Course Co-ordinator: Professor D Smith

Pre-requisite(s): None, although the course requires a high level of music literacy.

Note(s): This course is taught across the whole session from week 12 to 44.

At the heart of this course are weekly exercises in pastiche composition in which students complete extracts of music by composers mostly of the eighteenth and nineteenth centuries. Students gain experience in writing for piano and string quartet, in composing exercises in two- and three-part Baroque counterpoint, and in writing piano accompaniments for German lieder. This course is designed to develop essential techniques of composition, as well as offering invaluable insights into the styles and genres of eighteenth- and nineteenth-century composition.

1 one-hour lecture/seminar per week (20 in total)
1 fifteen-minute small group tutorial per fortnight (5 hours in total)

1st Attempt: In-course assessment: Assignment 1 (25%);
In-course assessment: Assignment 2 (25%); Examination (50%).

Resit: Students resit any failed component(s).

Formative Assessment and Feedback Information

Students will be set assignments on a weekly basis.

Feedback on formative assignments will usually be generic, and given to the whole group. Feedback on assessed work counting towards the final CAS mark will be given on the script, with a brief accompanying verbal report.

MU 2006
MUSICIANSHIP 2
CREDIT POINTS 15

Course Co-ordinator: TBC

Pre-requisite(s): MU 1054 or equivalent.

Note(s): This course requires an ability to play the piano and to read music fluently.

This course is taught across the whole session from week 12 to 44.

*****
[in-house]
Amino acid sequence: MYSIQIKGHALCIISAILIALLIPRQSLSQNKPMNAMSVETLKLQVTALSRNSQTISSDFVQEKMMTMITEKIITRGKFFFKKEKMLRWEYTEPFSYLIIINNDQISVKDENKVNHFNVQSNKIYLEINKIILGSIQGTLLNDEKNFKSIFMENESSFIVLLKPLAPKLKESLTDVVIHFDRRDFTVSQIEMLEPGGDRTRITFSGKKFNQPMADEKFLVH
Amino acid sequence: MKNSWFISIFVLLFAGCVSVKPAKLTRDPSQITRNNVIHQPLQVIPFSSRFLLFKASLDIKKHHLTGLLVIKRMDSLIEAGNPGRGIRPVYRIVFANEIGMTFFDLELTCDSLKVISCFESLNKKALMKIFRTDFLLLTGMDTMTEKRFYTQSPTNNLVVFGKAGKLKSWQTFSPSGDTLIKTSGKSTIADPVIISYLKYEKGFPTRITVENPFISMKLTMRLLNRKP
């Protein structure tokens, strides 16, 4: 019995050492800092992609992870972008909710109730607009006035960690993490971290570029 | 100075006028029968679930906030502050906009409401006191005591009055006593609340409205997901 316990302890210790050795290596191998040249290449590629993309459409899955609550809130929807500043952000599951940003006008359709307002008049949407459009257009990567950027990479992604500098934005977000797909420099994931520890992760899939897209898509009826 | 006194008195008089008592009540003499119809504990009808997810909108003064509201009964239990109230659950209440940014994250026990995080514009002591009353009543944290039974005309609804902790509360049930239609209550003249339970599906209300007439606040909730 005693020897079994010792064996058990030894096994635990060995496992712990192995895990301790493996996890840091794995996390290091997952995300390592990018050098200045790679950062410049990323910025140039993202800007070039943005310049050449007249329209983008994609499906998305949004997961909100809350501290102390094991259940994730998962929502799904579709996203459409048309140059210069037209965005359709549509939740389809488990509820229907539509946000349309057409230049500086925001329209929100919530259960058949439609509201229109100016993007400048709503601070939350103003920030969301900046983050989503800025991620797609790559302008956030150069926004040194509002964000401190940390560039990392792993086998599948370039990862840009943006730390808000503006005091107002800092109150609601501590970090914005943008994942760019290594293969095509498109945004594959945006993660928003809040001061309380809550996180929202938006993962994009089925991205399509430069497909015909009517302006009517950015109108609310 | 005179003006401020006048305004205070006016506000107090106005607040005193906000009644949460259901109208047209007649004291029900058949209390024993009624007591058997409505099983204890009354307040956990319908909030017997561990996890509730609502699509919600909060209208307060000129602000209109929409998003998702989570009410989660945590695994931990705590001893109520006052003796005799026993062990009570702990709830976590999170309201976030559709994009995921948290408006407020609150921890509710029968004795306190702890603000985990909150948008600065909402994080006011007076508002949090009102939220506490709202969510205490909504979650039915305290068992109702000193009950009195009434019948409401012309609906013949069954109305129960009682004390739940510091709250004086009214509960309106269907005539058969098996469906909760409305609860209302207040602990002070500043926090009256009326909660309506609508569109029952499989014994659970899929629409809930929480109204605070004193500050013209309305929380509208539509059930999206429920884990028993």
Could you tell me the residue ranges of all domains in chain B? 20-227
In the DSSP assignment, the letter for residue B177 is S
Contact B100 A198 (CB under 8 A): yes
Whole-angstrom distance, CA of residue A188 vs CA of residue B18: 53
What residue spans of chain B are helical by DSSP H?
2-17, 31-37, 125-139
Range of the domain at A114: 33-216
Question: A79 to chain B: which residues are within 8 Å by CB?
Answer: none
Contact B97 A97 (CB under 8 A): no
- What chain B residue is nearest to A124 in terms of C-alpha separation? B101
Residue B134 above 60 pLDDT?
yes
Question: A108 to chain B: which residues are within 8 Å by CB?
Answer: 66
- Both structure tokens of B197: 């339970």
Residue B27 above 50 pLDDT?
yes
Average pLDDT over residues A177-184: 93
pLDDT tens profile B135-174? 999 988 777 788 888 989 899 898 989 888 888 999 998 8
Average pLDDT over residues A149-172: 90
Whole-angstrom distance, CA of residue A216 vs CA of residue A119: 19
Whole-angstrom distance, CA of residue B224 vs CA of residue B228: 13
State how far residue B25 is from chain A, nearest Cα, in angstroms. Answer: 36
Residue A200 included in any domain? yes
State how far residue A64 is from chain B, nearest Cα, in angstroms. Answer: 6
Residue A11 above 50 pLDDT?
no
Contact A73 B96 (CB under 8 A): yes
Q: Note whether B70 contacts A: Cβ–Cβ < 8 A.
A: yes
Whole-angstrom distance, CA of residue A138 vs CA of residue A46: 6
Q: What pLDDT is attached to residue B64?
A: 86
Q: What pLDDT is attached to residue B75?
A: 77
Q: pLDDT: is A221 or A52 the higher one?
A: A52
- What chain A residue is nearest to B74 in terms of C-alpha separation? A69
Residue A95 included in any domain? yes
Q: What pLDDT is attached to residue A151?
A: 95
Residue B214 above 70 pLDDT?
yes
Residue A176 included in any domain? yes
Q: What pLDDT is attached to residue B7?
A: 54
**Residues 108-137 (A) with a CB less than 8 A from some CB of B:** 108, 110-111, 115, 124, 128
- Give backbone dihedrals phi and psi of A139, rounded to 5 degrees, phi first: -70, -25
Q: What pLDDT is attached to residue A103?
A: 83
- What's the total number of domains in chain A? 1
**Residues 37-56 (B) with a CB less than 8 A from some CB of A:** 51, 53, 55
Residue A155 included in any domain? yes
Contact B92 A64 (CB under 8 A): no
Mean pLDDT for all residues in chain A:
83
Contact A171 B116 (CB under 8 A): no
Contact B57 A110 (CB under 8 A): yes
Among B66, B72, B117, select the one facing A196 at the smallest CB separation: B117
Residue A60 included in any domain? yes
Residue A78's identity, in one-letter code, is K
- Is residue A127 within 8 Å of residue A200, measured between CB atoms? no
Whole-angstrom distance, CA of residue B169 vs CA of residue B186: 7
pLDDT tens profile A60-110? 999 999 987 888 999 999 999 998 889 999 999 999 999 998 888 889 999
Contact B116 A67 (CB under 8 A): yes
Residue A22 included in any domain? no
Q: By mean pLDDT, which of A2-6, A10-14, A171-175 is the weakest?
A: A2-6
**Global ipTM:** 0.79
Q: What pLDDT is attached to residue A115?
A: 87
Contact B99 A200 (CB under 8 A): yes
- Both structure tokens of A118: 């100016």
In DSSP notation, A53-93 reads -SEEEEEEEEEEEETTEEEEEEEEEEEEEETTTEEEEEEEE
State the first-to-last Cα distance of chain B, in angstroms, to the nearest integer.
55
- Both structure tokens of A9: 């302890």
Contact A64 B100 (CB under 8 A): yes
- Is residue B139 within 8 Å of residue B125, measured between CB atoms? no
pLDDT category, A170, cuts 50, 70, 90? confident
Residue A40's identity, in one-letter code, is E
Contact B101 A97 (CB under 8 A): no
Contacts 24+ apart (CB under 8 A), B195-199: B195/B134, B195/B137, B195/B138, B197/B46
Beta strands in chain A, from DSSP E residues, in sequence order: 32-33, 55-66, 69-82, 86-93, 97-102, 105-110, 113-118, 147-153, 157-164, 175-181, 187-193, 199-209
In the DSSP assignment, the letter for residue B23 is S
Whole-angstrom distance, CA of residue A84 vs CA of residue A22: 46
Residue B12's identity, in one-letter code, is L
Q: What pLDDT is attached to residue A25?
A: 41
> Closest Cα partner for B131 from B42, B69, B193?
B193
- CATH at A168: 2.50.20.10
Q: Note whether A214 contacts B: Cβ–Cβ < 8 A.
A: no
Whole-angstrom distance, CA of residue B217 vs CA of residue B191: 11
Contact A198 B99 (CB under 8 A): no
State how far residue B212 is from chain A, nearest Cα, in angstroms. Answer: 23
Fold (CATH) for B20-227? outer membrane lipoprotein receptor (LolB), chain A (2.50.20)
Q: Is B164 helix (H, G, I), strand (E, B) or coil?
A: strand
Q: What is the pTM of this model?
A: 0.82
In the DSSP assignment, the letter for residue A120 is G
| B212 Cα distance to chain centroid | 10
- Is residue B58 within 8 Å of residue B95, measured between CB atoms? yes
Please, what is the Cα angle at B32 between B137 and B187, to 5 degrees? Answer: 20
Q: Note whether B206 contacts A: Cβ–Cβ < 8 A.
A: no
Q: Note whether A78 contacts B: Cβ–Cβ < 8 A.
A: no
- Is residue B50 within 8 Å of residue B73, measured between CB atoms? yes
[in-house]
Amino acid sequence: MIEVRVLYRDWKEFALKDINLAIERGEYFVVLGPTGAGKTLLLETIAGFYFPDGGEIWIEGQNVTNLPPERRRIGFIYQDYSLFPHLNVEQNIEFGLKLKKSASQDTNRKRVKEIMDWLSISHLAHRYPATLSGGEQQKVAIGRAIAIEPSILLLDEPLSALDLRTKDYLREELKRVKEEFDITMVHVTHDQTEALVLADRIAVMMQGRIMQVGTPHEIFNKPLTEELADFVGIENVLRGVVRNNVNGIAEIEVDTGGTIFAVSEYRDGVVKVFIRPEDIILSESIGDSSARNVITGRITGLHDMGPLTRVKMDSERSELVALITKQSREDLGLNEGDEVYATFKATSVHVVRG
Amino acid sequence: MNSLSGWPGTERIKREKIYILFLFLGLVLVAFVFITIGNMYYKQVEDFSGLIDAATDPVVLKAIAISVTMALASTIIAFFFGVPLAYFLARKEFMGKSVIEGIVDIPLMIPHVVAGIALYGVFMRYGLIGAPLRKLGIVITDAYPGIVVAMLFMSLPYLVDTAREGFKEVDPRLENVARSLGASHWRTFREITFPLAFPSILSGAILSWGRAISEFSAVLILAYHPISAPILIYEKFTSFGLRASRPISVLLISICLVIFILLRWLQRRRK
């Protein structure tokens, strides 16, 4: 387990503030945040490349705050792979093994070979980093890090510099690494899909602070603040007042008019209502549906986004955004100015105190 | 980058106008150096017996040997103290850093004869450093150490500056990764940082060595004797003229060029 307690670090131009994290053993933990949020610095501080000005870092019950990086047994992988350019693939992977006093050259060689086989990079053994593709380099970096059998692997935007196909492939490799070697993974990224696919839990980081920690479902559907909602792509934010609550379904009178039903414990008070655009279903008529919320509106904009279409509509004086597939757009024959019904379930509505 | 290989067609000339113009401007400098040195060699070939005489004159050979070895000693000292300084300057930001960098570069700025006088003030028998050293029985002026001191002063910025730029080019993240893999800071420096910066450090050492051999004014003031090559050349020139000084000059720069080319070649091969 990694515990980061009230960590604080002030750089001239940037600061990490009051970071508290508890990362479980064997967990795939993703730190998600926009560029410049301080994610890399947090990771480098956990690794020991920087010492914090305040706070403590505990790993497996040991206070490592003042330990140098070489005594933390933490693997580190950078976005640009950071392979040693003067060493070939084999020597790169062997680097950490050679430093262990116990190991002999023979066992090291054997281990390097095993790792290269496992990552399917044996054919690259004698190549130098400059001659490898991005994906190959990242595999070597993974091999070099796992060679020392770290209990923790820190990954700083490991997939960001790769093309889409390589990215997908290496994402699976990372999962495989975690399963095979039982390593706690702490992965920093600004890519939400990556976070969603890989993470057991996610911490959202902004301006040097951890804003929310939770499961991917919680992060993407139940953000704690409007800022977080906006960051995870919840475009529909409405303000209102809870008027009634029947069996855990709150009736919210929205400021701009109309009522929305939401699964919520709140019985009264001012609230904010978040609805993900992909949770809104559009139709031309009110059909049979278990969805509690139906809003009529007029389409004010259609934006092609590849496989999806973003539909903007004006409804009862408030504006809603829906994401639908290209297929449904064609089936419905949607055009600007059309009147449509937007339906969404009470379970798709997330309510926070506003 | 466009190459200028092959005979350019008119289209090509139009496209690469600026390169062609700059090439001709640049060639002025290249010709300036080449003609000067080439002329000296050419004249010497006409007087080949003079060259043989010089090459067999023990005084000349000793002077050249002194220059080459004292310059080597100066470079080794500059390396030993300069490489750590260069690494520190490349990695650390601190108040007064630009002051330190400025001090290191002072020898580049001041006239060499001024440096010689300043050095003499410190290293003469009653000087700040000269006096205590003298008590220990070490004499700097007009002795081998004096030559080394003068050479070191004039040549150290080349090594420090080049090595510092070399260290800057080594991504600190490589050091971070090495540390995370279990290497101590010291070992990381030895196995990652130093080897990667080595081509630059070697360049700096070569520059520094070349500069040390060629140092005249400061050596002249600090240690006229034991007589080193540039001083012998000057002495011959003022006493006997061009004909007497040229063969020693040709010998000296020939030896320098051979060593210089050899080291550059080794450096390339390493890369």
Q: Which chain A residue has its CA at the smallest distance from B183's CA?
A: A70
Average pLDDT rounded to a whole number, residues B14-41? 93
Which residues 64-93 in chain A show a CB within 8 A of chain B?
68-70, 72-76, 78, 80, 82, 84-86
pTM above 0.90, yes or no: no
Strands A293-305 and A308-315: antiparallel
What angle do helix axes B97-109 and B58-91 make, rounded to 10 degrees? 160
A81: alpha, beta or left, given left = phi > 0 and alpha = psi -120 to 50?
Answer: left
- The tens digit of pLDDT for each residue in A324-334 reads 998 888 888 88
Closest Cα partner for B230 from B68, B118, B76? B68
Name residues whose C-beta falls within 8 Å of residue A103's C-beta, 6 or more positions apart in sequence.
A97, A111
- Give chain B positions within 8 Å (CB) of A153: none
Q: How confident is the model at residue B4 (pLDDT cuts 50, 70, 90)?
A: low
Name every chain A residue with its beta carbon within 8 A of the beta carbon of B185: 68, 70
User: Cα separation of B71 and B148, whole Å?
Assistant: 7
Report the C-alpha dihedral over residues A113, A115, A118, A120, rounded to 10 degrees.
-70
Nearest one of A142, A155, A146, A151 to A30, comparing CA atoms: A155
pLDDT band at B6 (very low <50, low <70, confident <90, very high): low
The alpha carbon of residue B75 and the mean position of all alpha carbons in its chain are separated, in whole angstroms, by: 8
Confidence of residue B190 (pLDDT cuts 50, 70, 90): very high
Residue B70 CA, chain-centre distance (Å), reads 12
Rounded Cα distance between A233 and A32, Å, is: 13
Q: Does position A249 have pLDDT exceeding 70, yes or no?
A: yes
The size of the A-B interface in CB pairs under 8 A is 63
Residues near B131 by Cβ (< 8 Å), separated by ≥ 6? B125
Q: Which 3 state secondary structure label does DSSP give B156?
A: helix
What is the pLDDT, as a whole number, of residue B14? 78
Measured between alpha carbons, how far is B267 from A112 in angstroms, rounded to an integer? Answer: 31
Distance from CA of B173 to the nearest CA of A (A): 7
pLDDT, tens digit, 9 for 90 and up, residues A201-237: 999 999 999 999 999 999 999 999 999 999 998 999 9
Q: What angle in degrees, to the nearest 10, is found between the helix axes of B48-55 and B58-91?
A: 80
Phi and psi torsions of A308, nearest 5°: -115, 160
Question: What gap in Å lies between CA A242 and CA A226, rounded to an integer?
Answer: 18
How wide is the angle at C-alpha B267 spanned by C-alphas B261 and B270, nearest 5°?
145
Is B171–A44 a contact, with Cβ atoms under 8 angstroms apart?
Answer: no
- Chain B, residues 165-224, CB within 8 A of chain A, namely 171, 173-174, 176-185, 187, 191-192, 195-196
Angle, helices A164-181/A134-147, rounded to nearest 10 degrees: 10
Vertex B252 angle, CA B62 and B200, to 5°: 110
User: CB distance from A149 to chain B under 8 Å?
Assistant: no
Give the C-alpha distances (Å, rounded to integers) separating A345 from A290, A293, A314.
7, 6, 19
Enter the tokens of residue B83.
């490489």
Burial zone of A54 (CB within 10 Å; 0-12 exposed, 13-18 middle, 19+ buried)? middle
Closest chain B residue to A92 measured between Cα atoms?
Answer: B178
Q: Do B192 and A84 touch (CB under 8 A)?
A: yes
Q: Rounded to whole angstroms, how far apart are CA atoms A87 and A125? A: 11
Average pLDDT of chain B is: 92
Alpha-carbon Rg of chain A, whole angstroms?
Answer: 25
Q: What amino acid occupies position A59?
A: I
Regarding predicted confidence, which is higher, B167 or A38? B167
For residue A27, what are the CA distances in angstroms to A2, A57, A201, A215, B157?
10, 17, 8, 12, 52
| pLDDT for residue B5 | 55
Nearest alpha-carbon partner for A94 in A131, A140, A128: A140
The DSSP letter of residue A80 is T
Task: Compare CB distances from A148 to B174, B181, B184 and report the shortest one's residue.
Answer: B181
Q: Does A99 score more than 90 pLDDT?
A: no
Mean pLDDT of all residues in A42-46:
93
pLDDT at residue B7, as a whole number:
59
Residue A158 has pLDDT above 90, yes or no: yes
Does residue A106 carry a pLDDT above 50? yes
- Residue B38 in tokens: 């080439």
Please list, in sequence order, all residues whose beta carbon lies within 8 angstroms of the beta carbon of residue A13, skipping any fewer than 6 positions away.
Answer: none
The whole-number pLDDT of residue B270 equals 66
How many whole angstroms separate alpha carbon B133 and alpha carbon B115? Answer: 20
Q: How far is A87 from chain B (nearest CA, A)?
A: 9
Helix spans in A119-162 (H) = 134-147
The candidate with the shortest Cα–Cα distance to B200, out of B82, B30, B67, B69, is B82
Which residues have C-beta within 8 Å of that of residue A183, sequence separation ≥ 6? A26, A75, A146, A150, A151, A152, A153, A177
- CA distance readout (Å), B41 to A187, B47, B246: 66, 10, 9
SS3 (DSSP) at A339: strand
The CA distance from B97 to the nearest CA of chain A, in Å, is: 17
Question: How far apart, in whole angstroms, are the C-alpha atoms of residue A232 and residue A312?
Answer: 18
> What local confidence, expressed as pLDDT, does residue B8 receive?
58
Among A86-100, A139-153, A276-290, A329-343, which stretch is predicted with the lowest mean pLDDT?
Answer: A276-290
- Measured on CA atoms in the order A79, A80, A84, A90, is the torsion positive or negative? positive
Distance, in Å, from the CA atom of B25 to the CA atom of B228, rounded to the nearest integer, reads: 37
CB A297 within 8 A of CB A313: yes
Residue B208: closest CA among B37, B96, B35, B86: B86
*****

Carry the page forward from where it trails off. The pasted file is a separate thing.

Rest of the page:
Building on the foundation laid in the first-year musicianship course, students develop their musicianship by working at keyboard skills. They develop acute listening skills through classes in aural and performance skills, which are further enhanced by concert attendance, which provides the opportunity for self-reflection. The course is primarily concerned with the acquisition and development of skill sets associated with music that need to be developed over an extended period of many years.

Performance skills may include sessions on vocal technique and repertoire, Kodaly-based aural work, directing ensembles, performance etiquette, programming, performance psychology, health relating to performance, psychology of performance, practising strategies.

12 hours of keyboard skills across the year (small group work)
1 hour aural class per fortnight (12 in total)
1 hour performance skills per fortnight (12 in total)
Concert attendance (variable)

1st Attempt: Continuous assessment by means of regular keyboard skills tests (34%); Aural/Performance Skills examination (33%); Essay (33%).

Resit: Students resit the failed assessment(s):
Keyboard skills examination (34%); Aural/Performance Skills examination (33%); Essay (33%).

Formative Assessment and Feedback Information

Formative assessment in aural is provided through the use questions set in specialised computer software.
Formative assessment is provided regularly in keyboard skills.

Feedback is provided to individual students at each keyboard skills class.
Feedback is automatically generated by the computer software for aural skills formative work.
Oral feedback is part of the continual learning process in performance skills.

MU 2007
PERFORMANCE 3
CREDIT POINTS 15

Course Co-ordinator: Dr F Jurgensen